The University encourages faculty consulting as an effective mechanism for technology transfer and professional development. Consulting privileges are not in general granted to non-faculty employees. A faculty member may not provide consulting services to the Commonwealth of Pennsylvania for additional compensation without prior written approval from the President of the University. Faculty requesting such approval must submit a document to the President describing the consulting service, the approximate time involved, the anticipated compensation, and the impact of the consulting service on his or her work. As an adjunct activity, consulting should be carried out in a manner which is consistent with a faculty member's obligation to the University, including his/her terms of employment. In particular, an employee may engage in consulting up to one day per week with the understanding that it

a) may not interfere with the performance of University duties, and
b) enhances his/her professional stature or academic proficiency.

Faculty are expected to inform cognizant University administrator(s) of the extent and nature of consulting activities prior to undertaking them. In addition, faculty wishing to consult for organizations currently supporting their research through a grant or contract must obtain prior approval from the cognizant University administrator(s). Particular care should be exercised in the executing of consulting contracts. For example, contracts should be examined to ensure that the assignment of rights to intellectual property evolving from consulting activities does not conflict with the patent agreement signed by all University employees. In particular, faculty may, within the scope of a consulting agreement, assign rights to intellectual property in their fields of expertise where organizations engaging their services have legitimate prior claims to the development(s) in question. Examples include consulting activity leading to the refinement of an existing product or process, or to a development for which background patents or prior art claims exist. There have been a number of instances in which faculty have unknowingly entered into consulting agreements which are in violation of their terms of employment. The consequences may seriously limit faculty career and program development options. For example, by reserving intellectual property rights to a single company, consulting agreements may limit (or eliminate) opportunities for faculty inventors to profit from commercial applications of their work, or to obtain industry funding for promising areas of research. Similarly, consulting contract provisions may restrict the freedom to publish, or otherwise affect the scholarly disposition of, University research. It is generally much easier to deal with conflicts up-front than to unravel them after the fact. Restrictions on the use of University resources, staff and students for consulting are similar to those cited for entrepreneurial activities. Such arrangements require full disclosure and review by cognizant University administrators. Rights to inventions developed in part with University resources belong to the University.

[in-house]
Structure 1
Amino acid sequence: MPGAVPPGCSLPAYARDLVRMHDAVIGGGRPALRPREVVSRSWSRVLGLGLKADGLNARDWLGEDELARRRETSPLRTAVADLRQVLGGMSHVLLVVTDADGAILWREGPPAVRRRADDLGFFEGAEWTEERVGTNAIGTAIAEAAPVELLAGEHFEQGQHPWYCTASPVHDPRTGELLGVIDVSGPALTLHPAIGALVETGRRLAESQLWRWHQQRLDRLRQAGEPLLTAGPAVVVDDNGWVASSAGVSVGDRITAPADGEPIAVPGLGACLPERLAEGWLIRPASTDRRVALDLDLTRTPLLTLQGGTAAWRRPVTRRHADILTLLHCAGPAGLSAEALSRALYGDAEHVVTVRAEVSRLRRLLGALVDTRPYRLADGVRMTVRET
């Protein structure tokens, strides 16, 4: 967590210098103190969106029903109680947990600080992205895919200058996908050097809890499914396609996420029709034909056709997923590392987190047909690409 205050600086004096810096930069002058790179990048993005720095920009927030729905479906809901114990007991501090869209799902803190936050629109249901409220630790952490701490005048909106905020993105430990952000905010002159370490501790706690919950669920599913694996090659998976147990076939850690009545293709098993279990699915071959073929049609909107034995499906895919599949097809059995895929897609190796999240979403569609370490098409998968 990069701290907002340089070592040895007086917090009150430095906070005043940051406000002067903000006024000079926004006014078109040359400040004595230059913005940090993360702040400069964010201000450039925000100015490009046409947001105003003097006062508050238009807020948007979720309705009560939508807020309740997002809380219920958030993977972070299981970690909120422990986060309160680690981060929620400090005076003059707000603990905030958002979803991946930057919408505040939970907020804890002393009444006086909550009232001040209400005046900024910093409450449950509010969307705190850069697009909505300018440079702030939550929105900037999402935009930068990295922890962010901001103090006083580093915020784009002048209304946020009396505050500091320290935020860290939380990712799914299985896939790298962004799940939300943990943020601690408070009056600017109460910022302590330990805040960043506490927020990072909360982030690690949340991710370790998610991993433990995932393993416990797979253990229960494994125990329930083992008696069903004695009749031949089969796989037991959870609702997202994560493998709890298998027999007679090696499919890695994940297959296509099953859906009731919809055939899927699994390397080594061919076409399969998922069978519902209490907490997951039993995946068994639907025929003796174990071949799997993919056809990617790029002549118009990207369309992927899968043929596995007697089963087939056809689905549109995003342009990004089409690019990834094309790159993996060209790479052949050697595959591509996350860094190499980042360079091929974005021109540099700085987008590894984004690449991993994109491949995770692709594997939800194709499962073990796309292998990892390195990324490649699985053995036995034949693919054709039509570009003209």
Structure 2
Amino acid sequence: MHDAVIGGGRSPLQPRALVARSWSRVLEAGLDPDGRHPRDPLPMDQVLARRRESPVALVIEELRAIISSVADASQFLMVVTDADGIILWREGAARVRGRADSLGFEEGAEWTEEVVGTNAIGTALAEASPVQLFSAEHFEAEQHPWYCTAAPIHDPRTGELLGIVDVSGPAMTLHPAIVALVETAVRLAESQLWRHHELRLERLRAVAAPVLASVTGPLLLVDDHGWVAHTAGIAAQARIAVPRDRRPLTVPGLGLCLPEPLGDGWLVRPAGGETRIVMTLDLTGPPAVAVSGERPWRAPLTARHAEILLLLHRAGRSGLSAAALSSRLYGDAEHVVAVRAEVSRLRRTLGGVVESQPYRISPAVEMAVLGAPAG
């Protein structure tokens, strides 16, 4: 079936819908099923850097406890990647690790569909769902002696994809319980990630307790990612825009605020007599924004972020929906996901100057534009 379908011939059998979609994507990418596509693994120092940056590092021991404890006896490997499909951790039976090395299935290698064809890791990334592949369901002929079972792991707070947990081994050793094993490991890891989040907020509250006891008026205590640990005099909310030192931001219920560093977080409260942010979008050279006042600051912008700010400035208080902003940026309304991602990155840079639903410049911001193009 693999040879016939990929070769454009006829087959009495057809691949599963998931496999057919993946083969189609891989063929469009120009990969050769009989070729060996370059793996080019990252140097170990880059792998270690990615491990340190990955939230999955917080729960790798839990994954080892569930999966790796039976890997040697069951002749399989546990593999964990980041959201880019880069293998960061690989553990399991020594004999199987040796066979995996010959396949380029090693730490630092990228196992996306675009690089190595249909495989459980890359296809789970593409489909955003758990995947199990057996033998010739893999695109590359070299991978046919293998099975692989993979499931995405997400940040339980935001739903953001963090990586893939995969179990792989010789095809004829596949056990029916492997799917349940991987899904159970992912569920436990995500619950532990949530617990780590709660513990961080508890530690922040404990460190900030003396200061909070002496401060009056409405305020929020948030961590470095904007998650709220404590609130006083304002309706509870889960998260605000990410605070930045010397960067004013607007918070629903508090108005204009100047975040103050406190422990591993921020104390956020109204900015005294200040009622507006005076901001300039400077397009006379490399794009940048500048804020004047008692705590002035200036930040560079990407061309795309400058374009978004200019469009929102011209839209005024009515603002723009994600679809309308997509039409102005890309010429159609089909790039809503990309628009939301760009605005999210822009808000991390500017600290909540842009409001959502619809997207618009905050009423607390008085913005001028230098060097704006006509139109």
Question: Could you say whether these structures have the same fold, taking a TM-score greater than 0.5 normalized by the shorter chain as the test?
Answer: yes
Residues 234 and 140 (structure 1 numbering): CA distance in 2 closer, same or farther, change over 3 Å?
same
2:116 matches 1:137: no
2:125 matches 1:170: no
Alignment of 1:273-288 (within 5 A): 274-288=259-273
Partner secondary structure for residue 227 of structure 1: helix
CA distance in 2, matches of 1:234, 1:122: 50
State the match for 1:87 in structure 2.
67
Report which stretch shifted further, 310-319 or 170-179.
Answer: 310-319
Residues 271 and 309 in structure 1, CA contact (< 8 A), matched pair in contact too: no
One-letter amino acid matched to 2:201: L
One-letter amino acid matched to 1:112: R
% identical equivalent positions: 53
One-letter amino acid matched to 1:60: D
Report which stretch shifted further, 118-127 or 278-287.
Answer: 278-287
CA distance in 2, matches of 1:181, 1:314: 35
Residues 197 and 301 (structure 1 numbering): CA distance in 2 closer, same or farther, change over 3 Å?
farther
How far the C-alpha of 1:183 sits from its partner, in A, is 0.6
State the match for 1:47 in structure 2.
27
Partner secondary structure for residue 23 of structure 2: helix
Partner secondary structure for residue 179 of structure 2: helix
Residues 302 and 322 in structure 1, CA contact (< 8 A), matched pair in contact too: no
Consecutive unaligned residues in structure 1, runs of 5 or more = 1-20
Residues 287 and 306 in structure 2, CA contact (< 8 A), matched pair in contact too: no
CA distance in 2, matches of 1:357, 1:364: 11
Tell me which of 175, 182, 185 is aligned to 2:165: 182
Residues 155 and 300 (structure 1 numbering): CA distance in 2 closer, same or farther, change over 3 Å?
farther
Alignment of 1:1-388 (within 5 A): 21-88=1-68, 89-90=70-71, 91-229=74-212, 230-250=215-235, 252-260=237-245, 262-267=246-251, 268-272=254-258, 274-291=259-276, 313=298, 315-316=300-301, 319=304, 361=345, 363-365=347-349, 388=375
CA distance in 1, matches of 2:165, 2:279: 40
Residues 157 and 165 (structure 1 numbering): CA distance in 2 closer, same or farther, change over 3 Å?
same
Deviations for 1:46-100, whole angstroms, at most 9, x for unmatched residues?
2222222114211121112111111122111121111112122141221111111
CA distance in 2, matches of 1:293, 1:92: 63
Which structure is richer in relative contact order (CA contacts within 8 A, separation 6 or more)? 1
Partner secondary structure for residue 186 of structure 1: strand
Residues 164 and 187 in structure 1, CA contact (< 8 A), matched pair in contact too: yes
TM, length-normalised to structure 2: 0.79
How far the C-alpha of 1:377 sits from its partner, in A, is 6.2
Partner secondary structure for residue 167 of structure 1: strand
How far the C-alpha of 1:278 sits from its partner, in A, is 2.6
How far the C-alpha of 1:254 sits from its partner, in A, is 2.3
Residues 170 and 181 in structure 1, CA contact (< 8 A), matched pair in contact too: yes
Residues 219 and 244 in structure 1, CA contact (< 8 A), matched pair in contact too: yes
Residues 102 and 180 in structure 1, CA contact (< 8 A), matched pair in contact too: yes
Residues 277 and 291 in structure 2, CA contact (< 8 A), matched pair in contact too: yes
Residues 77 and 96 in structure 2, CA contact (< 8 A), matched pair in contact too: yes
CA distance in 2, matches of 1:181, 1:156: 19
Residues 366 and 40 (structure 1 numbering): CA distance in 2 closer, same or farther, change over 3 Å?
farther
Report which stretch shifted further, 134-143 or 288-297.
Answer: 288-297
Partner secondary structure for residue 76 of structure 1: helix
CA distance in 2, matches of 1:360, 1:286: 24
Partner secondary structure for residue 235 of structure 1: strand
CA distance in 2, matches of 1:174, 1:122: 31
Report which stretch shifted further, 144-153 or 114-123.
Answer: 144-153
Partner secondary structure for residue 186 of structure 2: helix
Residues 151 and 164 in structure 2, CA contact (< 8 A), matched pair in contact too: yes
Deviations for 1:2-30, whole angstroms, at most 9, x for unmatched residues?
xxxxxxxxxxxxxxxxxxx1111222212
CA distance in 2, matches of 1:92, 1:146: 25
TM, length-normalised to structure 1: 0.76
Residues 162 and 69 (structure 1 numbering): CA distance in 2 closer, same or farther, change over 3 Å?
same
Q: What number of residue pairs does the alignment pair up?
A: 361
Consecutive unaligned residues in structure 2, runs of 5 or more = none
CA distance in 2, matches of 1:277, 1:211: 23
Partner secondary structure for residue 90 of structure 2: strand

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The Science and Engineering Research Expenditure Rankings for FY14 were released November 2015. This report identifies Penn State's rankings in S&E research fields and subfields. This data is based on an expenditure survey conducted each year by the National Science Foundation. Survey data from prior years can be found here.

The Annual Report of Research Activity charts sources of research funding, research expenditures, and the research activity of the interdisciplinary and technology transfer units.